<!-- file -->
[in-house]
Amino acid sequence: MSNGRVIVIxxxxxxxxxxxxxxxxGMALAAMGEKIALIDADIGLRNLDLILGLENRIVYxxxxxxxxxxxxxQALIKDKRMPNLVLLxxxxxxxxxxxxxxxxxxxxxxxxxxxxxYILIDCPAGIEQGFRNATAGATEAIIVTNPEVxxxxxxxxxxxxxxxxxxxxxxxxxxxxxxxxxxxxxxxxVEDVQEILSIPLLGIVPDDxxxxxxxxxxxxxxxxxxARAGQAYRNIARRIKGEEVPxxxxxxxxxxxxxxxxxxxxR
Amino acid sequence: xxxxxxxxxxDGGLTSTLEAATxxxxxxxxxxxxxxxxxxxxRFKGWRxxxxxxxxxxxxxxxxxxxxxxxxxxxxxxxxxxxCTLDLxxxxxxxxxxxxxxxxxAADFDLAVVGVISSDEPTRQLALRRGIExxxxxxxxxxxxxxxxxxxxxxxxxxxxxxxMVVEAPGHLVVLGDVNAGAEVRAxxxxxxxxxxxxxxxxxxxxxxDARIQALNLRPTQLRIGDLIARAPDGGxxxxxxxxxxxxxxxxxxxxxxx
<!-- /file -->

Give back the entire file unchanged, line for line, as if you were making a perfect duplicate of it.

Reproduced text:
[in-house]
Amino acid sequence: MSNGRVIVIxxxxxxxxxxxxxxxxGMALAAMGEKIALIDADIGLRNLDLILGLENRIVYxxxxxxxxxxxxxQALIKDKRMPNLVLLxxxxxxxxxxxxxxxxxxxxxxxxxxxxxYILIDCPAGIEQGFRNATAGATEAIIVTNPEVxxxxxxxxxxxxxxxxxxxxxxxxxxxxxxxxxxxxxxxxVEDVQEILSIPLLGIVPDDxxxxxxxxxxxxxxxxxxARAGQAYRNIARRIKGEEVPxxxxxxxxxxxxxxxxxxxxR
Amino acid sequence: xxxxxxxxxxDGGLTSTLEAATxxxxxxxxxxxxxxxxxxxxRFKGWRxxxxxxxxxxxxxxxxxxxxxxxxxxxxxxxxxxxCTLDLxxxxxxxxxxxxxxxxxAADFDLAVVGVISSDEPTRQLALRRGIExxxxxxxxxxxxxxxxxxxxxxxxxxxxxxxMVVEAPGHLVVLGDVNAGAEVRAxxxxxxxxxxxxxxxxxxxxxxDARIQALNLRPTQLRIGDLIARAPDGGxxxxxxxxxxxxxxxxxxxxxxx